Too few cases of sexual assault make it to the courts despite millions of women around the world becoming victims every year. Why is it that attacks go unpunished, asks Commonwealth Correspondent Genitta Pascal, a 19-year-old from the Caribbean island of St Lucia?
According to the United Nations, sexual abuse is defined as the actual or threatened physical instruction of sexual nature, whether by force or under equal or coercive conditions.
There are two types of touches: good touches and bad touches.
The dissimilarity between good touches and bad touches are that good touches are not wounding, but bad touches can cause a great deal of destruction in the victim’s life.
Bad touches can harm victims psychologically where they might in turn suffer from depression – physically and emotionally. It may result in them having problems building trusting relationships since everyone may be seen as a potential molester.
The offence is very much in the news. Miss Alisha Ally, the leader of the opposition in St Lucia’s youth parliament, recently spoke about the increasing trends of sexual assault in the Caribbean.
Not too long ago there was an aggravated assault on two British female nationals who came to Saint Lucia on an environmental expedition. Also, in international news, a 32-year-old hotel maid says that she was sexually assaulted by Mr Dominique Strauss Khan, then head of the International Monetary Fund (he denies the claims).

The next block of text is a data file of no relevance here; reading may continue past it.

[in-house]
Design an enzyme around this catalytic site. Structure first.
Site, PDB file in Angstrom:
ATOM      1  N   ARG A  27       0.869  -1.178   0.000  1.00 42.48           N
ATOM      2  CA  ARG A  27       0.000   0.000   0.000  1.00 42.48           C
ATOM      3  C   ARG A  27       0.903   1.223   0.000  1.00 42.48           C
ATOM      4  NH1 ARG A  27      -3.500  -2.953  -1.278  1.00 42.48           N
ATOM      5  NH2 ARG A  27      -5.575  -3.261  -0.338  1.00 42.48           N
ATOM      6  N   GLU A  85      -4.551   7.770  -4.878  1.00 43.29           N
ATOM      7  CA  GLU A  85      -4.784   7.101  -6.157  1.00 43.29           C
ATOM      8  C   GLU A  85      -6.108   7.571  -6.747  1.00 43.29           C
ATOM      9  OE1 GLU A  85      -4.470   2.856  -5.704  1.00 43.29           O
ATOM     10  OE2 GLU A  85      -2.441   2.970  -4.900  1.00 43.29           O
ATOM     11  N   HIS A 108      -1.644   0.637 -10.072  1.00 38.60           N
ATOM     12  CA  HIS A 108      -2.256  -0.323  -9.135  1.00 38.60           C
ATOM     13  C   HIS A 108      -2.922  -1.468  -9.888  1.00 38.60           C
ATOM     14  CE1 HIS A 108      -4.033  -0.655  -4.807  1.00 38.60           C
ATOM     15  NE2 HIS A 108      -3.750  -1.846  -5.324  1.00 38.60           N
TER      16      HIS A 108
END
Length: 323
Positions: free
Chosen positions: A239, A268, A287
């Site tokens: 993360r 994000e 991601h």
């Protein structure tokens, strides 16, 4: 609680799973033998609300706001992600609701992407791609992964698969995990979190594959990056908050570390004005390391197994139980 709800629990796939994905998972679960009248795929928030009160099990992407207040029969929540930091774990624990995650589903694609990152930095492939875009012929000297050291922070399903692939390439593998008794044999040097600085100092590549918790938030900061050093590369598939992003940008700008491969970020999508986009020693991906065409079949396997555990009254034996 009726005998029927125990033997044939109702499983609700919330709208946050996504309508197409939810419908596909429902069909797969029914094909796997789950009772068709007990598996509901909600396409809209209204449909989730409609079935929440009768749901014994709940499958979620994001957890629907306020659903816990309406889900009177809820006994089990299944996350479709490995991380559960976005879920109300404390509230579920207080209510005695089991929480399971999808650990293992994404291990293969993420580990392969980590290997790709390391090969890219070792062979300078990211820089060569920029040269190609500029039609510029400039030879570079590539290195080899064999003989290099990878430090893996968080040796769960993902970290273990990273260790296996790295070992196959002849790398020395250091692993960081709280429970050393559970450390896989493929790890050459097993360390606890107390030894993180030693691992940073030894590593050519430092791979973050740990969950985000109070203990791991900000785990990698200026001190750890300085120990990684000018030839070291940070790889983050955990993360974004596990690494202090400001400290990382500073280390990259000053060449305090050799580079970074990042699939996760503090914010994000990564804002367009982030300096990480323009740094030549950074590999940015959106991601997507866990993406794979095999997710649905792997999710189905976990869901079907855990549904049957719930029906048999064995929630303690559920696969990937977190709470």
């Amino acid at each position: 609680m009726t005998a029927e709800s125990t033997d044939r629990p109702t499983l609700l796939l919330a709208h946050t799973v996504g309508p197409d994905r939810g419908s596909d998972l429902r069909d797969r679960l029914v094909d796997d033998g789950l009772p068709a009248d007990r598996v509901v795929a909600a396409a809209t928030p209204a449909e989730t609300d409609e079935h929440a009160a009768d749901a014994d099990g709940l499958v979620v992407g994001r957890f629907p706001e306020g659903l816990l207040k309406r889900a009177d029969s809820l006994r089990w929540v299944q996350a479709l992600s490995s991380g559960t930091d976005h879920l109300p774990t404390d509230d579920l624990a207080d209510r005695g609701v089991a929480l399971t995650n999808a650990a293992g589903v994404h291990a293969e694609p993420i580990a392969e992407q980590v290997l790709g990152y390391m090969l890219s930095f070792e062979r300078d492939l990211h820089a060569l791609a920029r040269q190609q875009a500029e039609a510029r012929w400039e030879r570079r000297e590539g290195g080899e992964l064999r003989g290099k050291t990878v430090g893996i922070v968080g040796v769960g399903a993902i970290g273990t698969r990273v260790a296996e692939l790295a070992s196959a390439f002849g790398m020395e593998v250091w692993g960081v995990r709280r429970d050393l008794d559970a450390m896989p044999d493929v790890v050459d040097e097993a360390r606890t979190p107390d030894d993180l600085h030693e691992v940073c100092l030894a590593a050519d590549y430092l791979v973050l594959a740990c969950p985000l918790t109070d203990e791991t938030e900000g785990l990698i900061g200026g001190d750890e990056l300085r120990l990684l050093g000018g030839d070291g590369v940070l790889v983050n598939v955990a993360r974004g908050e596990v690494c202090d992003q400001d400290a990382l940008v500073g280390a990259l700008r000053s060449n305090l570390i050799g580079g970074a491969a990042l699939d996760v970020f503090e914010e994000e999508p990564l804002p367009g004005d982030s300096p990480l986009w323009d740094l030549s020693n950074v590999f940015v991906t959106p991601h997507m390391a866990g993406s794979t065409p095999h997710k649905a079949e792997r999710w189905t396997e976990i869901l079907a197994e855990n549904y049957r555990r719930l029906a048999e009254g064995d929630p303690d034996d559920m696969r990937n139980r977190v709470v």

Statistics on sexual abuse were difficult to obtain until the 1970s when individuals (women) began to speak of their experiences. In 2005, crime statistics in Saint Lucia conveyed that the male sex has dominated the female sex when these offences come into play. However in that year no cases were dealt with in the court.
Why is it that perpetrators of sexual assaults so often go undetected and unpunished?
Is it because we are lacking the appropriate resources to investigate incidents of this nature? Are the victims being killed during the offence or are the witnesses, if any, and victims not bold enough to face the perpetrator in the court of law? Is it fear?
I am of the view that we should be more cognizant of our surroundings. Also there should be stiffer penalties put in place in order to curb incidents of this nature, because sexual assault is unquestionably unfair on the victim’s part.
Opinions expressed in this article are those of the author and do not necessarily represent the views of the Commonwealth Youth Programme. Articles are published in a spirit of dialogue, respect and understanding. If you disagree, why not submit a response?
To learn more about becoming a Commonwealth Correspondent please visit:http://www.yourcommonwealth.org/submit-articles/commonwealthcorrespondents/
Powered by Facebook Comments